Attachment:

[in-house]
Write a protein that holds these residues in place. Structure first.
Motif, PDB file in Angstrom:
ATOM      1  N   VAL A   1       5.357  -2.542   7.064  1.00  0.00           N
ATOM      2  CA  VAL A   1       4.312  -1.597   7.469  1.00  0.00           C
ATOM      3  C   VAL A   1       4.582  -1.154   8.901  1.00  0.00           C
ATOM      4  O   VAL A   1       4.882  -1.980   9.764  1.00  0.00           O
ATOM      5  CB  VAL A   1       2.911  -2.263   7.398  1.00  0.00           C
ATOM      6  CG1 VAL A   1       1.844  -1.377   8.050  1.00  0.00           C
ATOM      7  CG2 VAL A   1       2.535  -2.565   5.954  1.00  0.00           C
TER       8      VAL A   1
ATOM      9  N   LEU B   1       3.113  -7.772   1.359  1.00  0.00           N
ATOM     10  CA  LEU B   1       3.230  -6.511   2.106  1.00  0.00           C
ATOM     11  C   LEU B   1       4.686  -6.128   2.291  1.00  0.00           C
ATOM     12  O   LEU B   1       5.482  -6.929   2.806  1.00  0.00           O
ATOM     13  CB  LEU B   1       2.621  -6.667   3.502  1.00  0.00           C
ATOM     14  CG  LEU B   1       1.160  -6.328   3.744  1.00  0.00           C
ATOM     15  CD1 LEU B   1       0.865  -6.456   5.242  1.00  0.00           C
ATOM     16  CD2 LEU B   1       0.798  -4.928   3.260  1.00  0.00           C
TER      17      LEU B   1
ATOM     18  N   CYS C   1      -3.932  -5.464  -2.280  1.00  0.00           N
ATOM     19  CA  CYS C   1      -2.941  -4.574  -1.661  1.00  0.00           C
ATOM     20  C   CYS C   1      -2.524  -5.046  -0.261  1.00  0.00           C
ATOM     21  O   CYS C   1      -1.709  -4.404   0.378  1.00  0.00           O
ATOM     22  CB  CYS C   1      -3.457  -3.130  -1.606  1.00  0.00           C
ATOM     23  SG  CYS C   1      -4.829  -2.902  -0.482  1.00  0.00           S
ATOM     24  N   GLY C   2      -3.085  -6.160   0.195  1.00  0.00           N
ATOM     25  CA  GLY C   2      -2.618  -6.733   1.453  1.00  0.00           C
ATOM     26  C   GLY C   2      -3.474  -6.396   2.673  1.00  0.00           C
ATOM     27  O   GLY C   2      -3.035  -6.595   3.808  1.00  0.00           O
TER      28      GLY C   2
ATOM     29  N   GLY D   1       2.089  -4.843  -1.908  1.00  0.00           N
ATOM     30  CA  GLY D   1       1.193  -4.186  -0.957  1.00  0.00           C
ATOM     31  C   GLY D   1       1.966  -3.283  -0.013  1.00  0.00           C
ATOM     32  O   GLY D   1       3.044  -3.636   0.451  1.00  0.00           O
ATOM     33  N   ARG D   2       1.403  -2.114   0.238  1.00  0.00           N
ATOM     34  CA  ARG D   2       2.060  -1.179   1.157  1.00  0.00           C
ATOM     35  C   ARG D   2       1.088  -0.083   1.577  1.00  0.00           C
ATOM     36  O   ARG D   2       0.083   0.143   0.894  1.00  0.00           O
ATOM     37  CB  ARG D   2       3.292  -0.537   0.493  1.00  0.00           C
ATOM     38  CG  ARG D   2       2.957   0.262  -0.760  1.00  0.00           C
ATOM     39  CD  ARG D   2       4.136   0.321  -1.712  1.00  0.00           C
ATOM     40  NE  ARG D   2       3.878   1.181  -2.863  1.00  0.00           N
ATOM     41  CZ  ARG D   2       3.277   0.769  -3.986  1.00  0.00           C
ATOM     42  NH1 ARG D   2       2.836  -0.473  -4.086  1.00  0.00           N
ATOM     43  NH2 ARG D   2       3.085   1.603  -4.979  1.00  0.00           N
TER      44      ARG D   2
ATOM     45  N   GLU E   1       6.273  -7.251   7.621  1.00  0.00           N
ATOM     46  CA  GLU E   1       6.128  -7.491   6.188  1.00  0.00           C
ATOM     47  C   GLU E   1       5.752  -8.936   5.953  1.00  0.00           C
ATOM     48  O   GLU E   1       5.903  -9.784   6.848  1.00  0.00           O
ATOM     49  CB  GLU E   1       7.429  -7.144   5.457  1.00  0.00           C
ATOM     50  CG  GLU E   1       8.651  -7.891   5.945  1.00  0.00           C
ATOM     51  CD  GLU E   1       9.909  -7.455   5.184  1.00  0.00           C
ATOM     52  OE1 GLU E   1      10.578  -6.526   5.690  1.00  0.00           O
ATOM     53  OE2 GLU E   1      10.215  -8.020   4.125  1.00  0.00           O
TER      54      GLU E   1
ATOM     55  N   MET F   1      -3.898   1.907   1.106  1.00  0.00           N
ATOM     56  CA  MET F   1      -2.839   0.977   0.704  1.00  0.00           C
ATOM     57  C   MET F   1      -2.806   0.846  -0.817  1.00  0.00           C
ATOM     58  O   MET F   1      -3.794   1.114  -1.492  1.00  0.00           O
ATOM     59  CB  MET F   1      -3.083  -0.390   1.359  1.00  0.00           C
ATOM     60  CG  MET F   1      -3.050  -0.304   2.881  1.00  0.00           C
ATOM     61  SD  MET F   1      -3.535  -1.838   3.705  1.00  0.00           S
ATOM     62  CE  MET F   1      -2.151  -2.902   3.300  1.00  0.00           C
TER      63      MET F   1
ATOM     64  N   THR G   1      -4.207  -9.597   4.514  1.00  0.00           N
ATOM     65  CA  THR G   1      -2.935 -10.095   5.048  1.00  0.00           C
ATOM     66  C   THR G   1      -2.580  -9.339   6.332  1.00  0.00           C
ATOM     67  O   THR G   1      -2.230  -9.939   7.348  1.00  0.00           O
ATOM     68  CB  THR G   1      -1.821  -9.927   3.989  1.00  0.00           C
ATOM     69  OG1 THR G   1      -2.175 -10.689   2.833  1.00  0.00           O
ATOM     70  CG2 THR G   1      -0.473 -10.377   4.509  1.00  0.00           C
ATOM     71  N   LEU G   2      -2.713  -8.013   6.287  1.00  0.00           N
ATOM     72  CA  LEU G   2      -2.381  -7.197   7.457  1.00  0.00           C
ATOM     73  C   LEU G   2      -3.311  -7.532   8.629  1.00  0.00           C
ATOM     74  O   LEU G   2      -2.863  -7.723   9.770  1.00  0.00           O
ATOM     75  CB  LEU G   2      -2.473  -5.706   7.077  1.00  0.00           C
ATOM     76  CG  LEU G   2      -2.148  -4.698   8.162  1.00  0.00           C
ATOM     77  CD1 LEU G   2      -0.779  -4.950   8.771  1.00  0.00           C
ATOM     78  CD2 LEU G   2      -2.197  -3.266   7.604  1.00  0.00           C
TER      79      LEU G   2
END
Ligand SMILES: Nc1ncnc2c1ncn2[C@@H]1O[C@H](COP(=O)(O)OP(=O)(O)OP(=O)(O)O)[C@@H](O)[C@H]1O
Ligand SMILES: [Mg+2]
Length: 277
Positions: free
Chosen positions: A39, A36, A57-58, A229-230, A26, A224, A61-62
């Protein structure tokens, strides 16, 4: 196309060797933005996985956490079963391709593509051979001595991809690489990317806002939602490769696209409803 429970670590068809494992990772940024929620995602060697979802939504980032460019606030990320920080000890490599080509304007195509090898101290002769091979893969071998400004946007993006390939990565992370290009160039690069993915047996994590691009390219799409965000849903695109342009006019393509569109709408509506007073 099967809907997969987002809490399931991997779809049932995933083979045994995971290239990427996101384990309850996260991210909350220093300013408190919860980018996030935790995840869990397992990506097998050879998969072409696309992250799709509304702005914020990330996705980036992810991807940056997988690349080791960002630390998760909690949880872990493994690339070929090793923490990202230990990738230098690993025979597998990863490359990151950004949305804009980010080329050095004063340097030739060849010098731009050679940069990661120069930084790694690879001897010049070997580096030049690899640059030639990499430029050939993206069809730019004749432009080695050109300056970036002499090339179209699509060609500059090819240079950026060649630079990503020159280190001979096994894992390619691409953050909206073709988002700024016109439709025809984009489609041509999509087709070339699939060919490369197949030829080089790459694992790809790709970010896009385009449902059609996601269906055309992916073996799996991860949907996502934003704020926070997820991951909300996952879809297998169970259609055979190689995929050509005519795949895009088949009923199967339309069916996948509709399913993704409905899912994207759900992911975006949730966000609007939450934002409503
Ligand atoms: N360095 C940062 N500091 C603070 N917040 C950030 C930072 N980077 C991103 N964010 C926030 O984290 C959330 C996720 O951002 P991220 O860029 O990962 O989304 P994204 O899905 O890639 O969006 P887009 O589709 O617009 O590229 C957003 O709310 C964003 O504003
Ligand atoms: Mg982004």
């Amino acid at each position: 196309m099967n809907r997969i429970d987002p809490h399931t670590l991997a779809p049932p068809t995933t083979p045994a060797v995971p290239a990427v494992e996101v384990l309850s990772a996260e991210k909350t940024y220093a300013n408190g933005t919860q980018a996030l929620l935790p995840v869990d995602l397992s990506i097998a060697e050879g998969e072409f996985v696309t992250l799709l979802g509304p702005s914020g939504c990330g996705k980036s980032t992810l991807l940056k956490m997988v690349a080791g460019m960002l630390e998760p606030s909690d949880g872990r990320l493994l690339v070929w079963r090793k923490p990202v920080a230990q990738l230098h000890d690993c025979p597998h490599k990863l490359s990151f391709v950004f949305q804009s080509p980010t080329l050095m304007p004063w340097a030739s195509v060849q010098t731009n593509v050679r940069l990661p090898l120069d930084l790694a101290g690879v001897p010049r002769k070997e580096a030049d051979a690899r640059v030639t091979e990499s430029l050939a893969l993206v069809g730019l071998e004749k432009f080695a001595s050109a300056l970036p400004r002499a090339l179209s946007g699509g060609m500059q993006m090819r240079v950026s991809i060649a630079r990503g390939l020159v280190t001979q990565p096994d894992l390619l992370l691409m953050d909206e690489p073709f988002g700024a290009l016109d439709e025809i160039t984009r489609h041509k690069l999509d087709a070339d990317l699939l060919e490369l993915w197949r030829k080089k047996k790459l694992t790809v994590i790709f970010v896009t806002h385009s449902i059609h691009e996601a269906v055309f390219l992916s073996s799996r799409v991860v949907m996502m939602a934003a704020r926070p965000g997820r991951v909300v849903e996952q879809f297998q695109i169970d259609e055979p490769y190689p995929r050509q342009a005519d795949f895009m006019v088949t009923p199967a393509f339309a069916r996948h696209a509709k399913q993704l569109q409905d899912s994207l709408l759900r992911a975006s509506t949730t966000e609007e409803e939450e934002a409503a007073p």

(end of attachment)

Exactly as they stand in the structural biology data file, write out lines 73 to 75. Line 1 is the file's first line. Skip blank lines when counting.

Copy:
ATOM     70  CG2 THR G   1      -0.473 -10.377   4.509  1.00  0.00           C
ATOM     71  N   LEU G   2      -2.713  -8.013   6.287  1.00  0.00           N
ATOM     72  CA  LEU G   2      -2.381  -7.197   7.457  1.00  0.00           C